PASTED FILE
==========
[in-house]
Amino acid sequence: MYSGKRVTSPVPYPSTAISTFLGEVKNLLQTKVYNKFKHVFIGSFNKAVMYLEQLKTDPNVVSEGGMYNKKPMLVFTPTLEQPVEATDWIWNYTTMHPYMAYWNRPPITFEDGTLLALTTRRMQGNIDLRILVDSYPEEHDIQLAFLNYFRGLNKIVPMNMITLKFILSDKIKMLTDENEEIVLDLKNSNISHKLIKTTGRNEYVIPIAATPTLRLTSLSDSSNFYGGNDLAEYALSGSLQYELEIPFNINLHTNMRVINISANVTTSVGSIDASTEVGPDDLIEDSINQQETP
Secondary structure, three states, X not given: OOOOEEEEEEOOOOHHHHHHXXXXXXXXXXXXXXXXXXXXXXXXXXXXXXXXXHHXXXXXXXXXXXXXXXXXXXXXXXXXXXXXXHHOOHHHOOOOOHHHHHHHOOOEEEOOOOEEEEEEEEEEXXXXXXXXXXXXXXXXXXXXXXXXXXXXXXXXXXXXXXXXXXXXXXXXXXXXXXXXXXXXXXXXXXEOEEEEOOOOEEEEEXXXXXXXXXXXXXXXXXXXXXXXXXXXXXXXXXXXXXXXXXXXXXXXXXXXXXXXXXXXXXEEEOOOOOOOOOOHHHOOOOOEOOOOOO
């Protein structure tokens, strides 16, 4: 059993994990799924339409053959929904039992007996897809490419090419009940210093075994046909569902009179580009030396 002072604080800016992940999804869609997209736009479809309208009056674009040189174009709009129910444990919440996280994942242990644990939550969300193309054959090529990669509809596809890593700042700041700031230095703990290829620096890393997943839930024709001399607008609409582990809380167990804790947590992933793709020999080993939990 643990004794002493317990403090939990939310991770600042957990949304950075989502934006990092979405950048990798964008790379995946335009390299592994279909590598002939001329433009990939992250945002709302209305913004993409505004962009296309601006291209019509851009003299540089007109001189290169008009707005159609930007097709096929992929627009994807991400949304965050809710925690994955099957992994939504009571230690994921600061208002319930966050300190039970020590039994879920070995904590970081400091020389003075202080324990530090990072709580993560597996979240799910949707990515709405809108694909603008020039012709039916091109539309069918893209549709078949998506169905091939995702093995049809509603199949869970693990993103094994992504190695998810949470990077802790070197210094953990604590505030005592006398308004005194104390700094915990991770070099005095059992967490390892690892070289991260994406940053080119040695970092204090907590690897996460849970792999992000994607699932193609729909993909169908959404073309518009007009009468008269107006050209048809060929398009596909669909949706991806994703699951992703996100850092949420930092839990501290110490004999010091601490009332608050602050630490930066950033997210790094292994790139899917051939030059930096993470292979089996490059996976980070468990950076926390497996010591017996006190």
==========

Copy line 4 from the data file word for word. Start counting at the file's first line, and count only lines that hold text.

């Protein structure tokens, strides 16, 4: 059993994990799924339409053959929904039992007996897809490419090419009940210093075994046909569902009179580009030396 002072604080800016992940999804869609997209736009479809309208009056674009040189174009709009129910444990919440996280994942242990644990939550969300193309054959090529990669509809596809890593700042700041700031230095703990290829620096890393997943839930024709001399607008609409582990809380167990804790947590992933793709020999080993939990 643990004794002493317990403090939990939310991770600042957990949304950075989502934006990092979405950048990798964008790379995946335009390299592994279909590598002939001329433009990939992250945002709302209305913004993409505004962009296309601006291209019509851009003299540089007109001189290169008009707005159609930007097709096929992929627009994807991400949304965050809710925690994955099957992994939504009571230690994921600061208002319930966050300190039970020590039994879920070995904590970081400091020389003075202080324990530090990072709580993560597996979240799910949707990515709405809108694909603008020039012709039916091109539309069918893209549709078949998506169905091939995702093995049809509603199949869970693990993103094994992504190695998810949470990077802790070197210094953990604590505030005592006398308004005194104390700094915990991770070099005095059992967490390892690892070289991260994406940053080119040695970092204090907590690897996460849970792999992000994607699932193609729909993909169908959404073309518009007009009468008269107006050209048809060929398009596909669909949706991806994703699951992703996100850092949420930092839990501290110490004999010091601490009332608050602050630490930066950033997210790094292994790139899917051939030059930096993470292979089996490059996976980070468990950076926390497996010591017996006190």